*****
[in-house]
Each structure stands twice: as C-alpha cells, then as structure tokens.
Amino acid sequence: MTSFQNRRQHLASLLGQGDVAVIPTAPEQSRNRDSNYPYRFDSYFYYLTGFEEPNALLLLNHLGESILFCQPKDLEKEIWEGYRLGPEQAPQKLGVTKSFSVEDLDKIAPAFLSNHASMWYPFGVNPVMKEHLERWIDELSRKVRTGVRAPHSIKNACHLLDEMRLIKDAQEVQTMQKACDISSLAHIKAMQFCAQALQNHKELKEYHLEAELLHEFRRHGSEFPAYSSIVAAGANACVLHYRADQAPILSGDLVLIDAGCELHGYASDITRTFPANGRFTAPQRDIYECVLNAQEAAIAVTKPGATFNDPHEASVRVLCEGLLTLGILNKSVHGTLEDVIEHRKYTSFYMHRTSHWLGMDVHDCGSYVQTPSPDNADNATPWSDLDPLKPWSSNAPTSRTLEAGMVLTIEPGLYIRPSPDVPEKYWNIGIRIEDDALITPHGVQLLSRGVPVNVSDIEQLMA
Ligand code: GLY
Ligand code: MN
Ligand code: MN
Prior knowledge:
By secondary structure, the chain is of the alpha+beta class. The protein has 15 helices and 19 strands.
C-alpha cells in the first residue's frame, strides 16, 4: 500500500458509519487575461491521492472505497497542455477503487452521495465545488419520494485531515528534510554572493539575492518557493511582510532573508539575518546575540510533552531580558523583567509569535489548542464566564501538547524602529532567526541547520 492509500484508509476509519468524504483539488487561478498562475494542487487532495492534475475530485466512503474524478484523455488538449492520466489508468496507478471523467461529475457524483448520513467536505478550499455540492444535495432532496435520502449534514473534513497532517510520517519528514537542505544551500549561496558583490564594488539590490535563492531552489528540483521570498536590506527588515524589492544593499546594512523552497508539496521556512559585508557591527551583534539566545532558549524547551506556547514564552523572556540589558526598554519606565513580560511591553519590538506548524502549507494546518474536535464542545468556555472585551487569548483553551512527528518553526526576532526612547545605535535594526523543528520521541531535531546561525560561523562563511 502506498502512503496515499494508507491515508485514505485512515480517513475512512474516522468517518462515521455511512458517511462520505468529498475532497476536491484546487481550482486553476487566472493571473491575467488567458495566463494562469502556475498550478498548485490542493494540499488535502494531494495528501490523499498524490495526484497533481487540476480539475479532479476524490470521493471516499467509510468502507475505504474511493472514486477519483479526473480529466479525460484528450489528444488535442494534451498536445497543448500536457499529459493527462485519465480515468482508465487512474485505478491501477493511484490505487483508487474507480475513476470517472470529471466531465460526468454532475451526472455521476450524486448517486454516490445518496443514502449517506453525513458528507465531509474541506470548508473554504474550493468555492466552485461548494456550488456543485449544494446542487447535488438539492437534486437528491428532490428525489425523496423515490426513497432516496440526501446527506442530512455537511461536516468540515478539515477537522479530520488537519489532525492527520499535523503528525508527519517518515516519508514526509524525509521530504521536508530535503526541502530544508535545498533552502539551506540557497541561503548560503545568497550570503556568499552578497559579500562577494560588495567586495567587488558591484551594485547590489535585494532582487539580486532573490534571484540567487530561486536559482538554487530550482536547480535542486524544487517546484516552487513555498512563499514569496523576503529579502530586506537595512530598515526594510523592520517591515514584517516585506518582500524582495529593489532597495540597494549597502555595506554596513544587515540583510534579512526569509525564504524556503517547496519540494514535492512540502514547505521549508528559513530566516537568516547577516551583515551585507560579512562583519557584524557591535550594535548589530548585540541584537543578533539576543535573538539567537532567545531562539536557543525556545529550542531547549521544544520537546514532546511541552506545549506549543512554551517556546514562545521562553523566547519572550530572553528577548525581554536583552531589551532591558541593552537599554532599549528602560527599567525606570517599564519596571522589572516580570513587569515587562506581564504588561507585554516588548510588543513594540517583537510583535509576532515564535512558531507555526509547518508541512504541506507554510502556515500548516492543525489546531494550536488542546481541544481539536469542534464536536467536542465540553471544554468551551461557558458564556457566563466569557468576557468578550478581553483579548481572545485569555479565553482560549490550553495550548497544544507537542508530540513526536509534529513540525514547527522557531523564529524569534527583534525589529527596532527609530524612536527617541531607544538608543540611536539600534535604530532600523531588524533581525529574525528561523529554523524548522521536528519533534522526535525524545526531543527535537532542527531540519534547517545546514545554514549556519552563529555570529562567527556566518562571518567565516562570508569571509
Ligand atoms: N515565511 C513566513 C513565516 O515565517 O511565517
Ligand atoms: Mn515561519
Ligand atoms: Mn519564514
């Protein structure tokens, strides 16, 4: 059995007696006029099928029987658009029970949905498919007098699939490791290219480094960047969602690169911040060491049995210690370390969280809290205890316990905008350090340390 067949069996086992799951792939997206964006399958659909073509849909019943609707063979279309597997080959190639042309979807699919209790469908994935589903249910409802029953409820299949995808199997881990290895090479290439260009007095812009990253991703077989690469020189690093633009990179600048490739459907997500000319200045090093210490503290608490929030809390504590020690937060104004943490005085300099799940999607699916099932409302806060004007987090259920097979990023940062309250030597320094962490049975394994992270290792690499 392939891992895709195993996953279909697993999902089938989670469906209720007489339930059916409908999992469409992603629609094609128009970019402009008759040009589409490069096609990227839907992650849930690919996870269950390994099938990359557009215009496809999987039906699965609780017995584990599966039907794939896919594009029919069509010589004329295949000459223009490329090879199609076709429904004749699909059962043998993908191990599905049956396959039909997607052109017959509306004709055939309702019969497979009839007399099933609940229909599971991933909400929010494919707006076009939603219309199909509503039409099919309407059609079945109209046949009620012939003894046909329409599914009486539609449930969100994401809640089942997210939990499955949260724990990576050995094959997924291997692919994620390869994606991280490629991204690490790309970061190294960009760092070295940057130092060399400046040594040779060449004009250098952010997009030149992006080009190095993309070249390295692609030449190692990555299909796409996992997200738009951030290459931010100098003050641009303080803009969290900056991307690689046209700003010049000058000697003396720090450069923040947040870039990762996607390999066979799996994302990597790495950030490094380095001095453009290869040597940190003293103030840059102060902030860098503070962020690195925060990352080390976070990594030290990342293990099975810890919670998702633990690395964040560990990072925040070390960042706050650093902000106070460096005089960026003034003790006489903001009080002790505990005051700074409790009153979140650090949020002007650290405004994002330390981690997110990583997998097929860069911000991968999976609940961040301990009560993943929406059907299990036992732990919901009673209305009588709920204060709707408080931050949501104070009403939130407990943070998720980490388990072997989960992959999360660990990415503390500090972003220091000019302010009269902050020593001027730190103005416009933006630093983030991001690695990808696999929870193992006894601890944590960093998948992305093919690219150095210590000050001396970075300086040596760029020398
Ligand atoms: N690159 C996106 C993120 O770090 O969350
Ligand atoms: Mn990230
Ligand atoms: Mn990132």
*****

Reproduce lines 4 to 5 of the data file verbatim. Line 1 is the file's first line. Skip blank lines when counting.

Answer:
Ligand code: GLY
Ligand code: MN